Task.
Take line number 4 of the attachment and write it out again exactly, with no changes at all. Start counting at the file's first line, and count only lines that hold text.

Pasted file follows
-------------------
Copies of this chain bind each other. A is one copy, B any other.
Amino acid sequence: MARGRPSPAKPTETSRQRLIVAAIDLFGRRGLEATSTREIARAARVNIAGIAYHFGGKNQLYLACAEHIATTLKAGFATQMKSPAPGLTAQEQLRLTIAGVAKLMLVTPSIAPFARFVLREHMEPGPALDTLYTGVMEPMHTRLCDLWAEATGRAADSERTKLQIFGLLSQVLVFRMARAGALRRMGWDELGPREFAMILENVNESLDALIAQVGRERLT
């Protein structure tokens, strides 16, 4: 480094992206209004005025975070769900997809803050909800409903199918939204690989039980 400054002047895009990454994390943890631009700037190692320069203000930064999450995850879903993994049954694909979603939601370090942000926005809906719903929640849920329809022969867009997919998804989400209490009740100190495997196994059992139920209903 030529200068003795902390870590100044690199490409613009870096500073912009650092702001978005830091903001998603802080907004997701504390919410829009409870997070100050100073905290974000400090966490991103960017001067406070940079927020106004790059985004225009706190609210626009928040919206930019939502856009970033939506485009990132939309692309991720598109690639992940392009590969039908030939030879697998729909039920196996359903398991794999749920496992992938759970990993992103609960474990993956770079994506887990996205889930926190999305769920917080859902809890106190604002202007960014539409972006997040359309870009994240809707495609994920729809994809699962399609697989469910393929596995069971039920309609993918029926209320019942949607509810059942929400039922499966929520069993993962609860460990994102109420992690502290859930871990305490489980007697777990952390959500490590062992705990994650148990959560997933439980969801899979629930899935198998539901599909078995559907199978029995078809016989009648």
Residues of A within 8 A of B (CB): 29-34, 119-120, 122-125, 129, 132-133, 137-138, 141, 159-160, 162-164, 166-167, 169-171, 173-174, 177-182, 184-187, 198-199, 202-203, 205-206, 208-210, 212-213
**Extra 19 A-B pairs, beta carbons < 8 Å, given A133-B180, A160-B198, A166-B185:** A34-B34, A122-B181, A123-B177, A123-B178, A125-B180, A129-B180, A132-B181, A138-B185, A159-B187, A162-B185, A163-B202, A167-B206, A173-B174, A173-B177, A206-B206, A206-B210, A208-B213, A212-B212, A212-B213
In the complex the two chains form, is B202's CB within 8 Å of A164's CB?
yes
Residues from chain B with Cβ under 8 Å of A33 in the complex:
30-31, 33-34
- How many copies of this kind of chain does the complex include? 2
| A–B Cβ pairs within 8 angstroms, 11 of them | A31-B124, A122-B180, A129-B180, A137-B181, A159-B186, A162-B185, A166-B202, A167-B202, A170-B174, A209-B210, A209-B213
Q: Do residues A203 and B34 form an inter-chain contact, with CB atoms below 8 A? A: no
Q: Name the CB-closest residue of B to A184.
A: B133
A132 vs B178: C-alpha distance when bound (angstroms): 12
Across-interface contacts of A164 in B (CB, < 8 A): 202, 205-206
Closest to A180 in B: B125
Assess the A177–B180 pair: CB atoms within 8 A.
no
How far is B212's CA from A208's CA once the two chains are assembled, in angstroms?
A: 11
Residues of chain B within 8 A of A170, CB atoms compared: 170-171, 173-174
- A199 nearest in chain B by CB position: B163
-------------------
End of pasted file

Residues of A within 8 A of B (CB): 29-34, 119-120, 122-125, 129, 132-133, 137-138, 141, 159-160, 162-164, 166-167, 169-171, 173-174, 177-182, 184-187, 198-199, 202-203, 205-206, 208-210, 212-213